Both artists have been working on the panels at the cafe’s outdoor dining space since late July. Schwartzmann’s “love trees” paintings came from his current project, The Space Between Us Is Love. He says: “While we must maintain our distance from each other during this crisis, know that the distance that separates us is an expression of love that keeps us safe.”

Muni Diaries podcast listeners might recognize Schwartzmann from his story last year at Muni Diaries Live. At our live show, he shared the story of how he conquered his struggle with drug addiction and found his way as an artist. While he was unhoused, Muni became a refuge for Schwartzmann, who has lost sight in one eye due to complications from AIDS.

We’re looking forward to returning to The Buena Vista and watching the bartender line up glass after glass of Irish coffee at the bar. Meanwhile, enjoy the spiked coffee in their outdoor space, surrounded by paintings by two artists who truly embody the San Francisco spirit.

SF Neon historians in search of an iconic sign

You’ve walked past them and under them a thousand times, seen them from afar and used them as landmarks. But do you really know the history behind San Francisco’s neon signs? We invite two neon historians to this episode of San Francisco Diaries podcast to tell us all about one very memorable neon sign that they are still hunting for.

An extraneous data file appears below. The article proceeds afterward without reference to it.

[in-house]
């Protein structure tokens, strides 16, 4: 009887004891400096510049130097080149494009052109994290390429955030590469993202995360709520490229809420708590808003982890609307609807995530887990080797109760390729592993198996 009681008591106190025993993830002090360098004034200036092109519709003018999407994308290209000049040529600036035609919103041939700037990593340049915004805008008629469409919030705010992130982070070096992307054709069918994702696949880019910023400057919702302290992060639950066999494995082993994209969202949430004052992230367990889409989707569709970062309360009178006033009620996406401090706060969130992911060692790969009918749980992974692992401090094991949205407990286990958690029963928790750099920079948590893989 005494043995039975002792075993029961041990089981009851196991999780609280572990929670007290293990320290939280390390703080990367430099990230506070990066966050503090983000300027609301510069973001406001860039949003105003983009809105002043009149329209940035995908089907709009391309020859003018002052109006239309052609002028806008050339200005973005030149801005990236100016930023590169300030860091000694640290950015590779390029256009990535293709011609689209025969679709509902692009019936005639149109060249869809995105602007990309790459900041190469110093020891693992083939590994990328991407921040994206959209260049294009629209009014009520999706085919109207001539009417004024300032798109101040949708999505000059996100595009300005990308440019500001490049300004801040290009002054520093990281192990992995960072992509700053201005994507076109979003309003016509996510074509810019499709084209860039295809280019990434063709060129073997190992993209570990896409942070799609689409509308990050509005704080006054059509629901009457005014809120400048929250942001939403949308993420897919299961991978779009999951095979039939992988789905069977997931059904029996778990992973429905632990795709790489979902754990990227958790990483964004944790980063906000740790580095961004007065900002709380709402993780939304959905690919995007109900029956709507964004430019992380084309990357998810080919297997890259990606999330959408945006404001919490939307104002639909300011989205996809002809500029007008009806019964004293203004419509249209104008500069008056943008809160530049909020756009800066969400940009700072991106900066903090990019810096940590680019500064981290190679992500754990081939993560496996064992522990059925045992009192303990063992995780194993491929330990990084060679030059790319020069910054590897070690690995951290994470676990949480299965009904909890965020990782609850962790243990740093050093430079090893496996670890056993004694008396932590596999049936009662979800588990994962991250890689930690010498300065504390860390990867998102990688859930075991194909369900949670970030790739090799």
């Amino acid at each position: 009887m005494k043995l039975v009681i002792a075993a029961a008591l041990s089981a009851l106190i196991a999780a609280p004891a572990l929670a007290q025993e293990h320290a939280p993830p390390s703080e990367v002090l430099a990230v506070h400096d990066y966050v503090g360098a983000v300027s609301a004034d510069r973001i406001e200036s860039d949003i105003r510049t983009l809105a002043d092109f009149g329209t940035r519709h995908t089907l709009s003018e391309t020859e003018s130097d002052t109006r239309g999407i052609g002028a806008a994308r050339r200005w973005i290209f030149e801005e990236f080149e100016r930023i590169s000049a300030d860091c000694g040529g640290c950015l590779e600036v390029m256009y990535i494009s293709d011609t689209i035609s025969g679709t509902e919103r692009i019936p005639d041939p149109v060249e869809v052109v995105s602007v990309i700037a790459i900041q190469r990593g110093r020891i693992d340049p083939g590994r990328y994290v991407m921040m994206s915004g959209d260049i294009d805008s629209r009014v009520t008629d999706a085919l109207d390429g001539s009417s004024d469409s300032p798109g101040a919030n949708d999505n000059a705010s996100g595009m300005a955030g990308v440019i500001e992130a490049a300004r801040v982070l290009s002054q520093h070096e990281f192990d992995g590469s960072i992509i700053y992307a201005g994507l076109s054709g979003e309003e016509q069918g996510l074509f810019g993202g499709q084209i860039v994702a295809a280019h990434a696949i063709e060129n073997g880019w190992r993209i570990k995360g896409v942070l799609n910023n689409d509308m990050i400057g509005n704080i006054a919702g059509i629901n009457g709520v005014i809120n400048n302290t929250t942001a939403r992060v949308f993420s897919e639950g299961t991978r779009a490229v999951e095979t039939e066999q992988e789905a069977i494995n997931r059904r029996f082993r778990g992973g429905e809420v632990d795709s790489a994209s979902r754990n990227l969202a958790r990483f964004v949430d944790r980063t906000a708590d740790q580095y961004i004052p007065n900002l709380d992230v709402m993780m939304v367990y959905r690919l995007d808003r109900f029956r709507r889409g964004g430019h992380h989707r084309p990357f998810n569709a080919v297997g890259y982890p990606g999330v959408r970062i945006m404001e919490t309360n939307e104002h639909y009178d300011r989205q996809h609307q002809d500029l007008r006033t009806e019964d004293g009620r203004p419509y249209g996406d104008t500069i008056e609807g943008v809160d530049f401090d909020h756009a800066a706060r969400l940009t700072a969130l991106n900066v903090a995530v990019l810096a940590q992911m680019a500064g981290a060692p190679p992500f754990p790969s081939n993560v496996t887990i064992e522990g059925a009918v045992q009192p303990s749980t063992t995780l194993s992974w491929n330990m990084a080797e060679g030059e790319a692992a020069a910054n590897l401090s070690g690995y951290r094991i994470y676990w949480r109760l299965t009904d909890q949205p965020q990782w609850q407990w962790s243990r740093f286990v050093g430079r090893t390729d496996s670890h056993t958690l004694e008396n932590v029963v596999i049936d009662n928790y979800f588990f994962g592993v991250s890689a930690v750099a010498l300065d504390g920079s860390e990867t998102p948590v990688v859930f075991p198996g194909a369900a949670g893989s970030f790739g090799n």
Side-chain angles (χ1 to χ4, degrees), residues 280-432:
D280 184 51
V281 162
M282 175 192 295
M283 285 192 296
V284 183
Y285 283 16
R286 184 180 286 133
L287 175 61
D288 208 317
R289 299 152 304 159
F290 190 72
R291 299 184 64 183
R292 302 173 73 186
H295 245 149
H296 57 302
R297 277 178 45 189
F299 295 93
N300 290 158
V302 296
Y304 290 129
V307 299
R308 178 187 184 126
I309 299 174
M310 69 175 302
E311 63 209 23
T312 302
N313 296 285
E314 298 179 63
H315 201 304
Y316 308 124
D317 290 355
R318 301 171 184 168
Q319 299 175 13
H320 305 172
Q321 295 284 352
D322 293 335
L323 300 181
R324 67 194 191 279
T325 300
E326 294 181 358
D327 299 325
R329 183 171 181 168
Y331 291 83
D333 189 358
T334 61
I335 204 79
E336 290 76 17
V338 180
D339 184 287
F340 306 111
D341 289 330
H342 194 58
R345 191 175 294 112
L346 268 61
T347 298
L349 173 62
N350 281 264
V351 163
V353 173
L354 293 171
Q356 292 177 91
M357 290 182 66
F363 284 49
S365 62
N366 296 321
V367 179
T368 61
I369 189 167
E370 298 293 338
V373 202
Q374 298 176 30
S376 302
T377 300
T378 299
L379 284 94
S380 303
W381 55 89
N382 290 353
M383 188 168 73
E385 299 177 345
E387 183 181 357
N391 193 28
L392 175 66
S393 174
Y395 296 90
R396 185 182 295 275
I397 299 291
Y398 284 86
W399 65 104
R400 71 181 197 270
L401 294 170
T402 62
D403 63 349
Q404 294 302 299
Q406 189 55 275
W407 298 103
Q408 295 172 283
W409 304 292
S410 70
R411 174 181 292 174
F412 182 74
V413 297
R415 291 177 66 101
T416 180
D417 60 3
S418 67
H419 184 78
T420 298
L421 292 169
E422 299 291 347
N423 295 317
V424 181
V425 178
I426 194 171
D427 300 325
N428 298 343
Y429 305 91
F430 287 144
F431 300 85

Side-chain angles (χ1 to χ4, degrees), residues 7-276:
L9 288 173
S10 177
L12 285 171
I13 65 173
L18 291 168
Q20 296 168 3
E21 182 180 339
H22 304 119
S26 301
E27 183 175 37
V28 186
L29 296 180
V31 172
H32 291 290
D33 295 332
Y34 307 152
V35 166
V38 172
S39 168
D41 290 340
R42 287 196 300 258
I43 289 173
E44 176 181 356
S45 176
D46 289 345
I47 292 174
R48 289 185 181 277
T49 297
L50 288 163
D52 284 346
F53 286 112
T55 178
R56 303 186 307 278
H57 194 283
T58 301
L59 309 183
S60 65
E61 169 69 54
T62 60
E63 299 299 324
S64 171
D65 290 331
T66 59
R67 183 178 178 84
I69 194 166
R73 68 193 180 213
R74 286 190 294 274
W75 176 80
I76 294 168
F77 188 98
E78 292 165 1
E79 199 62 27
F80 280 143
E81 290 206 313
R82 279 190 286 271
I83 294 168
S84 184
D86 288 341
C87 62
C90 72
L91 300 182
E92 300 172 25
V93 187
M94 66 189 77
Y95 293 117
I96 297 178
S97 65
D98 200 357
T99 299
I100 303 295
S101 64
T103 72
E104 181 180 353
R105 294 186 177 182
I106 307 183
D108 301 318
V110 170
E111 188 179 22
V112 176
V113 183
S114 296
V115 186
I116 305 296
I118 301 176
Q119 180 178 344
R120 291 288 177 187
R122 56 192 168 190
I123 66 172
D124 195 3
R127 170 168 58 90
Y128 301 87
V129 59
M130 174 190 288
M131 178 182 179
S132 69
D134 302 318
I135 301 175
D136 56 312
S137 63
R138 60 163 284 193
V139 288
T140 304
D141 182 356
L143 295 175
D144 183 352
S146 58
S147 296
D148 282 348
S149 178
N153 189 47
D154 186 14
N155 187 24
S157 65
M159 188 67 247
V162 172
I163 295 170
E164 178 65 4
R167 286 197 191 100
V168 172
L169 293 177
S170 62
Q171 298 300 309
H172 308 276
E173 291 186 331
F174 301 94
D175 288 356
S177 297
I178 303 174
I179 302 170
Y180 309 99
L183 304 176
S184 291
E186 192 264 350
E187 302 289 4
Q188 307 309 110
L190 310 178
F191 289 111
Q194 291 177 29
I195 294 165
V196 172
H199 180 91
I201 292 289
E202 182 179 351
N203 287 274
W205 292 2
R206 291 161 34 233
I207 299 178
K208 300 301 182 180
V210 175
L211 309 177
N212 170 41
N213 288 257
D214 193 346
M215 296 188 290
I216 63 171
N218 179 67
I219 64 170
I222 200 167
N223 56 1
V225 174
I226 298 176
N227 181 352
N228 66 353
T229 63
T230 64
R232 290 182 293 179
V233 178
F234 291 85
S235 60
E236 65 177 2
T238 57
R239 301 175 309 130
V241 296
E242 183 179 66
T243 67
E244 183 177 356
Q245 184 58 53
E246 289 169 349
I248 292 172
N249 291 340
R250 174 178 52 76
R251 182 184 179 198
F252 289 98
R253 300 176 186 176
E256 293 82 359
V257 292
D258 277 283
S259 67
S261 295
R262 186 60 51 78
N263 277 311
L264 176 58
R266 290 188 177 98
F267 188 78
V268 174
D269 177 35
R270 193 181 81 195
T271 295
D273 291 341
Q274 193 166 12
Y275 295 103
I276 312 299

Al Barna and Randall Ann Homan are the creators of San Francisco Neon, an organization of historians, educators, and advocates for the vintage neon signs you see all over our city. They are also the authors of the book, San Francisco Neon: Survivors and Lost Icons

Listen to their story:

San Francisco Neon has evening virtual presentations about the history behind historic neon signs in the Tenderloin and Chinatown, and an online version of their festival, Neon Speaks, is in September. You can find out more at SFNeon.org

If you’re looking for more stories from San Francisco’s history buffs, be sure you check out this episode about the Transamerica Pyramid’s bohemian past.

We are dedicated to bringing you more stories about our city as told by everyday San Franciscans. If you have a story to share, or know someone with a story you think everyone should know, email us at muni.diaries.sf@gmail.com.

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San Francisco Diaries: how one Bernal shop survived the city’s ups and downs